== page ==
The Deer Park chemical facility that caught fire last week has a long history of state and federal environmental violations. According to the Texas Commission on Environmental Quality, Intercontinental Terminals Company (ITC) has been fined for multiple infractions that could have been avoided. In 2008, ITC was fined when a relief valve failed causing 6,745 pounds of unauthorized butadiene to be released into the atmosphere due to the facility's failure to prevent an increase in pressure. The Commission said the event was "avoidable by better operational practices." Butadiene is a carcinogen to humans and is used to make plastics.
Just before 11 A.M. on March 17th, 2019 a chemical plant fire occurred at the Intercontinental Terminals Company LLC, also known as "ITC", which is located near Highway 225 and Independence Parkway in Deer Park, Texas. The blaze continued to burn all day Sunday and has continued into Monday. Emergency crews have continuously worked around the clock to keep the fires contained. Unfortunately, additional tanks subsequently caught fire overnight. Nearby schools were closed for the day as a precaution.
One of Americas Most Dangerous Jobs.
A Harris County man Jorge Velazquez, filed a complaint in December of 2017 against his former employer La Espiga De Oro, seeking in excess of one million dollars in general and special relief. The injury is due to the alleged negligence and gross negligence of his former employer.
On October 17, 2017, two oilfield workers were injured at an oilfield near Dilley, Texas. La Salle County Sheriff's Office reported that the oilfield workers were injured after an oil storage exploded at the site, which is operated by Carrizo Oil and Gas.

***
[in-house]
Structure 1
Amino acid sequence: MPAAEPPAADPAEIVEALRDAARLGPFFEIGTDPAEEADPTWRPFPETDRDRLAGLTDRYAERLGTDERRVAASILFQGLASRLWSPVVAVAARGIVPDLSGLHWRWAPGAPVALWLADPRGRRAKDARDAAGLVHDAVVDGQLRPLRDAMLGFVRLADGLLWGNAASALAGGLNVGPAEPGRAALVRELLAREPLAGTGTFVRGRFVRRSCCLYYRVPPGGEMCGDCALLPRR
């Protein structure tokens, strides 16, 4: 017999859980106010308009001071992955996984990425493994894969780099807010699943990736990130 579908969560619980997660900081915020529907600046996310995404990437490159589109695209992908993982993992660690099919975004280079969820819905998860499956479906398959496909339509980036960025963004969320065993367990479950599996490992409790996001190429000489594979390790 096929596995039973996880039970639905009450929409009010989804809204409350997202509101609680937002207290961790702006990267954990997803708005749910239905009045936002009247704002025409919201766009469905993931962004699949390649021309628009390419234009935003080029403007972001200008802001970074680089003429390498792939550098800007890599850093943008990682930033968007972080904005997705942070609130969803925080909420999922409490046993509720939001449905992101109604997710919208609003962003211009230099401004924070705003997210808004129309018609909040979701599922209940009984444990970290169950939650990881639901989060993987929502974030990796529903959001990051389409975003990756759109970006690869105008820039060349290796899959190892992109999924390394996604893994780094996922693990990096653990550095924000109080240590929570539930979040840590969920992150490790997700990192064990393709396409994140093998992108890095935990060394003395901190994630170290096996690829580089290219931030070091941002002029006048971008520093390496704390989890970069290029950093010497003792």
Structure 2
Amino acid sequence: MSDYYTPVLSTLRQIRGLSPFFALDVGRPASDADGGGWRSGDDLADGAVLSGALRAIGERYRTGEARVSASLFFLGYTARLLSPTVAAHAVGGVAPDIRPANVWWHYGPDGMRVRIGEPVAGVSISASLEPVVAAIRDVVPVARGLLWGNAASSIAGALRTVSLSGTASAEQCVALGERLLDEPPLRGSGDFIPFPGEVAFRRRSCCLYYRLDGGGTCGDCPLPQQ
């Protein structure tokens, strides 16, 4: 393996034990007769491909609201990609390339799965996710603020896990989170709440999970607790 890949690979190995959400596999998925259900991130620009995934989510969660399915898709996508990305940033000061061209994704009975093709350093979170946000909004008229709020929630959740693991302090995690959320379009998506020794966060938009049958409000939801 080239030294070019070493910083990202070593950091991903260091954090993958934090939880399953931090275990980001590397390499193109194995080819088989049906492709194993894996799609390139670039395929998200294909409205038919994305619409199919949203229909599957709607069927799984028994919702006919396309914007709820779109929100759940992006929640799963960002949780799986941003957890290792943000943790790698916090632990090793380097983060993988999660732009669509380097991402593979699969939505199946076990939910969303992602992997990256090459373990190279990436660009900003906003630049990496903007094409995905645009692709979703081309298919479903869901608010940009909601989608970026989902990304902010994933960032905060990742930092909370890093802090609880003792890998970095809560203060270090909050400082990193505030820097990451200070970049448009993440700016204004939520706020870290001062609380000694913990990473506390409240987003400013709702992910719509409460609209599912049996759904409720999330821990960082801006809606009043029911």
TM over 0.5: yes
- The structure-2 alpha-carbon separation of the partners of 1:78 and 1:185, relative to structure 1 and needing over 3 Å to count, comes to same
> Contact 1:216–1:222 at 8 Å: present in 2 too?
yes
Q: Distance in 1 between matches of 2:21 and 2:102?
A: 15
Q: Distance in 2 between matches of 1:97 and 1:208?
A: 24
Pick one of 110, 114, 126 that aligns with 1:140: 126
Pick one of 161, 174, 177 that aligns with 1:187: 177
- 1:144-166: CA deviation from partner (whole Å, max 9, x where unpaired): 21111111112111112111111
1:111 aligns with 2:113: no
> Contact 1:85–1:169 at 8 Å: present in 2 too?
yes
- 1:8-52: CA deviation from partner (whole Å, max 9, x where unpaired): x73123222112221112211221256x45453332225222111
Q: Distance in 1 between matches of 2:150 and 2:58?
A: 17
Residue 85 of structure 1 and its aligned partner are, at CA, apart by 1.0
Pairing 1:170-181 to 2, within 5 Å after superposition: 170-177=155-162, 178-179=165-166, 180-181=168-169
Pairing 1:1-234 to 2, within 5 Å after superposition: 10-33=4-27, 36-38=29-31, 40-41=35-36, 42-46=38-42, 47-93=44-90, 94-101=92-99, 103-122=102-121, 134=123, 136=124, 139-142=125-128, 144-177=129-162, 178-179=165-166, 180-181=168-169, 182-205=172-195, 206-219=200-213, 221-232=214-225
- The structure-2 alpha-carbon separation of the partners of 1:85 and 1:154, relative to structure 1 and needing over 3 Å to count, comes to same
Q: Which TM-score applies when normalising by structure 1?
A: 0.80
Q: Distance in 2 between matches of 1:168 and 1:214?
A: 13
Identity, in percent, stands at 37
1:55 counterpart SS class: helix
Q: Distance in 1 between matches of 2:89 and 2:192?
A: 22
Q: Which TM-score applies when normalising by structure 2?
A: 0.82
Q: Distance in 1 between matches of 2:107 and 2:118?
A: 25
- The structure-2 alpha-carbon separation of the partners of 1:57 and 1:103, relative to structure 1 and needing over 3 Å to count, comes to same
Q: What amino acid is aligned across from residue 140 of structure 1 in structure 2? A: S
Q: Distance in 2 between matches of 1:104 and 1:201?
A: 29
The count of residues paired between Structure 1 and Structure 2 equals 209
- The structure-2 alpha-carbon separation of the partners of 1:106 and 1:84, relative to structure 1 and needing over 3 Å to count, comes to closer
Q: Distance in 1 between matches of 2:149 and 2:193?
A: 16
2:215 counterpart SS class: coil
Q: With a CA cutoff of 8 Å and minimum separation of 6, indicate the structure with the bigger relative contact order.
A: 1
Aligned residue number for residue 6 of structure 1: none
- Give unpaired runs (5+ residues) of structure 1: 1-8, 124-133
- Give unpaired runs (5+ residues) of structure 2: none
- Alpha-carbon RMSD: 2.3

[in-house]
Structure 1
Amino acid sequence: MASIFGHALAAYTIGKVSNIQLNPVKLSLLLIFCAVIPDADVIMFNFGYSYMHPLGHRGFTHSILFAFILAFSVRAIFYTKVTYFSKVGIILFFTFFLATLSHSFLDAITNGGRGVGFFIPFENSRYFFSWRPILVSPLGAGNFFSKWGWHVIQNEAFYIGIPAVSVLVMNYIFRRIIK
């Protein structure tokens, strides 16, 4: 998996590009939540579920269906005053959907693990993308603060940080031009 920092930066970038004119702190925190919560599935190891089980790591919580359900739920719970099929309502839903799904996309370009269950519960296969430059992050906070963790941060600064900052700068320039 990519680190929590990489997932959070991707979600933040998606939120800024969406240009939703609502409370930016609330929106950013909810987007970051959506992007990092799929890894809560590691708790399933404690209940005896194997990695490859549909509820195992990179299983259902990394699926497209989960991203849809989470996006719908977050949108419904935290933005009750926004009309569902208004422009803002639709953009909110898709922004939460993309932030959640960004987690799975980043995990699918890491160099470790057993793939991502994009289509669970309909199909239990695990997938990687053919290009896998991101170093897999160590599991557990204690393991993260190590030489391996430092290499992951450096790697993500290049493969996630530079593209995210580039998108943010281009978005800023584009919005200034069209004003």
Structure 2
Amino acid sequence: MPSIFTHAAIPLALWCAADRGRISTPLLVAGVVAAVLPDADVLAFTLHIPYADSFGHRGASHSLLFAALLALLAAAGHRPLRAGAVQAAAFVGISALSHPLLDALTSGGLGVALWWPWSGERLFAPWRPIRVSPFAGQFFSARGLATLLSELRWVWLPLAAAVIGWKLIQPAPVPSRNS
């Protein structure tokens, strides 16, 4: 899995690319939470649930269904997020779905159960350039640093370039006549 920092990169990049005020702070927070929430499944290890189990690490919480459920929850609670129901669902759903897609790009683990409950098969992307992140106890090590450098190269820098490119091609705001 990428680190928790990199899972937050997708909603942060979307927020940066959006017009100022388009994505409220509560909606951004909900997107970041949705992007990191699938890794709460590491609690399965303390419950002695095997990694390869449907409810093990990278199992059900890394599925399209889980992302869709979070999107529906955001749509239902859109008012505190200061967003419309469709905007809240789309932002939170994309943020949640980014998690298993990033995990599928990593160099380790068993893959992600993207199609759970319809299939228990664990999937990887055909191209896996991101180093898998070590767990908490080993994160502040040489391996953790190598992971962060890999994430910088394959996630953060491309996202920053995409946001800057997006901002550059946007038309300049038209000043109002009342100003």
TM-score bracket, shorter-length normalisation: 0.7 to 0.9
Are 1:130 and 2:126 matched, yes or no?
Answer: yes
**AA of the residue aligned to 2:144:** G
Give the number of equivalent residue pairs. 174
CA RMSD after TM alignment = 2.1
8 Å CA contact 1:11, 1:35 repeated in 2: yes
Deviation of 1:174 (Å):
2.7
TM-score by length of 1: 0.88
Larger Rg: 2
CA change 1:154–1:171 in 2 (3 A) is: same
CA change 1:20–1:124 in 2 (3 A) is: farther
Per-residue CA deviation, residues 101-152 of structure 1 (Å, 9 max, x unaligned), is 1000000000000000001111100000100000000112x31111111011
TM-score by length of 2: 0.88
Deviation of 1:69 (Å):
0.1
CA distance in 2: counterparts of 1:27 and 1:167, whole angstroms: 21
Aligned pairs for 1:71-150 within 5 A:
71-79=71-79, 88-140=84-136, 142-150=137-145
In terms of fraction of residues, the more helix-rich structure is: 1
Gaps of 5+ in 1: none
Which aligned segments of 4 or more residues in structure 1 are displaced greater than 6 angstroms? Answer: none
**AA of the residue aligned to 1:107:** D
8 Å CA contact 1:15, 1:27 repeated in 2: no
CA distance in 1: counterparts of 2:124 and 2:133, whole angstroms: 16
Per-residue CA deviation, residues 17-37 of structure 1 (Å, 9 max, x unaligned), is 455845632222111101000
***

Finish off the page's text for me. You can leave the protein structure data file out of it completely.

One worker is dead and another lost a limb after an accident occurred on an oil rig near McCook, Texas. The injured worker remains in critical condition. The drilling site was on Moorefield Road, south of FM 490 near McCook. The incident occurred on September 25, 2017.
Falls cause more deaths in construction than any other hazard, accounting for one-third of on-the-job injury deaths in the industry. Workers who are performing jobs 6 feet or higher on ladders, scaffolds, and roofs are at risk of falling and sustaining serious injuries or even death.
Just a few days after Christmas, when the Christmas spirit was still in the air, Northwest Houston suffered a tragedy. On December 29, 2016, a granite slab fell and crushed a worker killing him instantly. This shocking loss occurred at Vivaldi Stone in Northwest Houston inside Beltway 8. Vivaldi Stone has thirteen locations across Texas and New Mexico.
More than 350,000 workplace fatalities and more than 270 million workplace injuries occur annually worldwide. Efforts by the United States government to ensure workplace health and safety were minimal until President Richard Nixon signed the Occupational Safety and Health Act into law on December 29, 1970. The Act created the three agencies that administer it which are the Occupational Safety and Health Administration, National Institute for Occupational Safety and Health, and the Occupational Safety and Health Review Commission. Its main goal is to ensure that employers provide employees with an environment free from recognized hazards, such as exposure to toxic chemicals, excessive noise levels, mechanical dangers, heat or cold stress, or unsanitary conditions.
A worker was killed after falling into the water when a scaffold collapsed.